"Since the launch of the Champion in 1916, consumers have been enhancing their Keds with their own personal style using markers, paints, pens and other creative tools," G. Ribatt, president and chief executive officer of The Stride Rite Corporation, Keds' parent company, is quoted in a press release.

"This growing form of expression was the inspiration for Keds Studio. Through our relationship with Zazzle, we can now offer Keds customers the opportunity to bring an uninhibited range of design options and a more professional design aesthetic to this classic shoe."

Keds Studio and its cooperation with Zazzle is a great case of what you can achieve in mass customization with creativity and little money by using the existing infrastructure of mass customization enablers. And, by the way, Zazzle does not care whether you are Keds or just an average consumer: They may not launch an entire new product line for you, but like every consumer, you can turn your creative ideas and market opportunities in your own offering (Spreadshirt or Cafepress are offering similar services).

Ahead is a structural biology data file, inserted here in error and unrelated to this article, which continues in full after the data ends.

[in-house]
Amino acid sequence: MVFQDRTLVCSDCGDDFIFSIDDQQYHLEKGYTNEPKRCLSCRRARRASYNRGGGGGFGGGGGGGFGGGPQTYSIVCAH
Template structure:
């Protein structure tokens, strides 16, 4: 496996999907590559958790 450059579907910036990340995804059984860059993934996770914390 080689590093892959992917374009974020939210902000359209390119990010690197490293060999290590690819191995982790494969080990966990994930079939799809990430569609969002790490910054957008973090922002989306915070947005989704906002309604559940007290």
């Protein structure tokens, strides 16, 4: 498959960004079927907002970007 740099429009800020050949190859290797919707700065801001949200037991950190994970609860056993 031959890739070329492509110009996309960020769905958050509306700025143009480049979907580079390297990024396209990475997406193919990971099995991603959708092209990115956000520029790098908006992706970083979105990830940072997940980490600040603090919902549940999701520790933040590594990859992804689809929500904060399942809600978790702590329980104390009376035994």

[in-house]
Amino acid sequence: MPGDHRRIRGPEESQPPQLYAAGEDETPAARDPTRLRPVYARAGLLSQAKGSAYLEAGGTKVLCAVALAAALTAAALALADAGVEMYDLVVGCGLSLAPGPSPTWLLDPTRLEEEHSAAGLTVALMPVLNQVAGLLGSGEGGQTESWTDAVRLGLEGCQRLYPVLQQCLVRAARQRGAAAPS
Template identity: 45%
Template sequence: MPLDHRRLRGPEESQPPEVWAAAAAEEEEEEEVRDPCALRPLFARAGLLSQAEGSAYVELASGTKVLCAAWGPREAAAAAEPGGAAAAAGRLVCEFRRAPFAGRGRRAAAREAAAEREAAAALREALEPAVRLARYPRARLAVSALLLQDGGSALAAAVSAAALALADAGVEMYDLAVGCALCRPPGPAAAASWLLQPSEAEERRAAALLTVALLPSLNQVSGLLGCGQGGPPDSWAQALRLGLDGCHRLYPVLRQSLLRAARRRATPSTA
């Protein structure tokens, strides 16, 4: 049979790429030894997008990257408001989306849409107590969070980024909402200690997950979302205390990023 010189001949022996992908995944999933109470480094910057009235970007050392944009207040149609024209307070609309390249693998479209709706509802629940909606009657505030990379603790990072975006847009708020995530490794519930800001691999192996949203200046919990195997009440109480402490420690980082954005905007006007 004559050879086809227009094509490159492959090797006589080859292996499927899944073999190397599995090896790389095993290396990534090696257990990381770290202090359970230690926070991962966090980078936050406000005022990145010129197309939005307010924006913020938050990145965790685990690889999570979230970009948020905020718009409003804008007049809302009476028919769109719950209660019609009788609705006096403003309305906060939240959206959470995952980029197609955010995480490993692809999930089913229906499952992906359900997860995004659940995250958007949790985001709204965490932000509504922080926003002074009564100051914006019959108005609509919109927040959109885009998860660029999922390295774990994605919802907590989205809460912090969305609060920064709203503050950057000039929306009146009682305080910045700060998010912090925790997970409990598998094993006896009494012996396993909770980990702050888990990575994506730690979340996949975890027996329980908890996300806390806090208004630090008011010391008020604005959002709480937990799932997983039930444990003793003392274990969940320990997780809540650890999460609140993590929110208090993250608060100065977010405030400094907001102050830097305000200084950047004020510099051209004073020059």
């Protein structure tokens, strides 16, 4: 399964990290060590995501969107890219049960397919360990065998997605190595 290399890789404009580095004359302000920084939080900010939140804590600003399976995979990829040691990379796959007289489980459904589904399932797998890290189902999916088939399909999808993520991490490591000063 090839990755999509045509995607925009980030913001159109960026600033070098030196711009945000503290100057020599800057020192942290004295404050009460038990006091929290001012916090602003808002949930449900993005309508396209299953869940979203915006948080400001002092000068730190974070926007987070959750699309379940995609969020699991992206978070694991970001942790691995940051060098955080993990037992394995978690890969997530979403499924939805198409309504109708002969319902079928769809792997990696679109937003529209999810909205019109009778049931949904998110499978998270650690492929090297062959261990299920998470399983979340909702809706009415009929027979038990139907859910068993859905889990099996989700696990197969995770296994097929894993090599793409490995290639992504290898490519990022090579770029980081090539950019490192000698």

Update Aug 13, 2008: In a mail from Zazzle, they told me that one week after the launch, more than 30,000 user-generated designs for custom shoes were created in the community.

Jeff Beaver, co-founder and chief product officer of Zazzle, reports:

“We have an incredibly diverse and talented community of designers, and had high hopes that the opportunity to create custom shoes would get them excited. We’ve simply been blown away by the response, both the volume and variety of user-generated designs have exceeded our expectations. 

Some of the most popular themes include art, music, animals and politics, but you can already find pretty much anything.  Developers are also taking advantage of the platform – within 48 hours after launch, one blogger created a Google Maps mashup so that you can get a map or satellite photo of your hometown on your new kicks.”